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This will probably sound familiar to most of you... In my home, we have a whole bunch of devices that can be charged via USB (two iPhones, a BlackBerry, an iPod Touch, etc ad nauseam). We also have a bunch of USB chargers, each of which has a single USB port on it. I'd like to have something permanently connected to AC power with at least 4 USB ports on it, so we can just plug devices in and don't need to go looking for a free outlet.

So here's the question: if I buy a powered USB hub, will that do the job even if I don't connect it to a PC? Ideally if you have a hub that you can personally verify will be suitable, let me know the manufacturer and model :-)

Thanks in advance!

EDIT: The solution I eventually went for was this:

Kensington 4-Port USB Charger for Mobile Devices (Europe)

There's also a US version here:

Kensington 4-Port USB Charger for Mobile Devices (USA)

It arrived yesterday, so I used it to charge the following devices, all at the same time, overnight last night:

I can't say anything about the charging speed (as I left it overnight) but all devices were fully charged this morning.

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I gave my old 4-port USB 1.1 hub to my mother so that she can charge her iPod as needed instead of bugging me. :-) I also use the USB power-adapter that came with our GPS device to charge my iPod. –  Synetech Jul 28 '11 at 3:25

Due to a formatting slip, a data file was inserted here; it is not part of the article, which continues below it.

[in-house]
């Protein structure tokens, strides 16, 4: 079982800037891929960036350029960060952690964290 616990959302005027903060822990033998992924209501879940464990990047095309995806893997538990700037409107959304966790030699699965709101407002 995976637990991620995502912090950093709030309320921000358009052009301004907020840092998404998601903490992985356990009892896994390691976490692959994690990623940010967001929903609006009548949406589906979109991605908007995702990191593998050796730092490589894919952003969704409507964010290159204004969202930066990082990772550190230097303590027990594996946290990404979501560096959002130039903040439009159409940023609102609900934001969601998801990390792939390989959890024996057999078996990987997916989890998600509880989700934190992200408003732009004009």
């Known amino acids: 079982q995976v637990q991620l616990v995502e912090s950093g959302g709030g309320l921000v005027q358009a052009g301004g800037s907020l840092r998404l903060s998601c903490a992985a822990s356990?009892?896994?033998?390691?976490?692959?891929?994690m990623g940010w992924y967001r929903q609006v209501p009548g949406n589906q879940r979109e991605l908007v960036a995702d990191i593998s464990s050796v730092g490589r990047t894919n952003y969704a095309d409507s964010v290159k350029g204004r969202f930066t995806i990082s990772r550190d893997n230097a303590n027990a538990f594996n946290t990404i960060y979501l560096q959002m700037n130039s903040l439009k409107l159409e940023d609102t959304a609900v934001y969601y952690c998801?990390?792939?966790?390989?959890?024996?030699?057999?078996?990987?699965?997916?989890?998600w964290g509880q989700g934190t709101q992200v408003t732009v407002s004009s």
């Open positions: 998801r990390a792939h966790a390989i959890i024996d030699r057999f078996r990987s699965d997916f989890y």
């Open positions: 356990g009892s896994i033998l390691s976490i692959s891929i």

7 Answers 7

up vote 8 down vote accepted

Check: Transform a USB hub into the ultimate DIY gadget charger

I'm talking about a standard USB hub--those little accessories that multiply one of your PC's USB ports by a factor of four, five, six, or even seven. I took a spare seven-porter--the Belkin F5U701 ($20)--plugged its included AC adapter into a nearby wall outlet, and started loading it up with devices. A few minutes later, I was charging six devices via USB with no apparent problems--and I still had a free port available for yet another device.

alt text

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I'm accepting this as the most direct answer to my original question. –  Anodyne Jan 16 '10 at 16:00
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It should be noted that not necessarily any USB hub will work for charging. Many devices actually need to connect to a USB controller to negotiate how much current they will need. Many cheap hubs and wall warts don't even use the 2 data pins, and for the devices that need it (for example, DualShock3), they will not charge. I can say that Logitech makes USB hubs that have the required controller, and are small and inexpensive. –  Stephen Jan 17 '10 at 0:07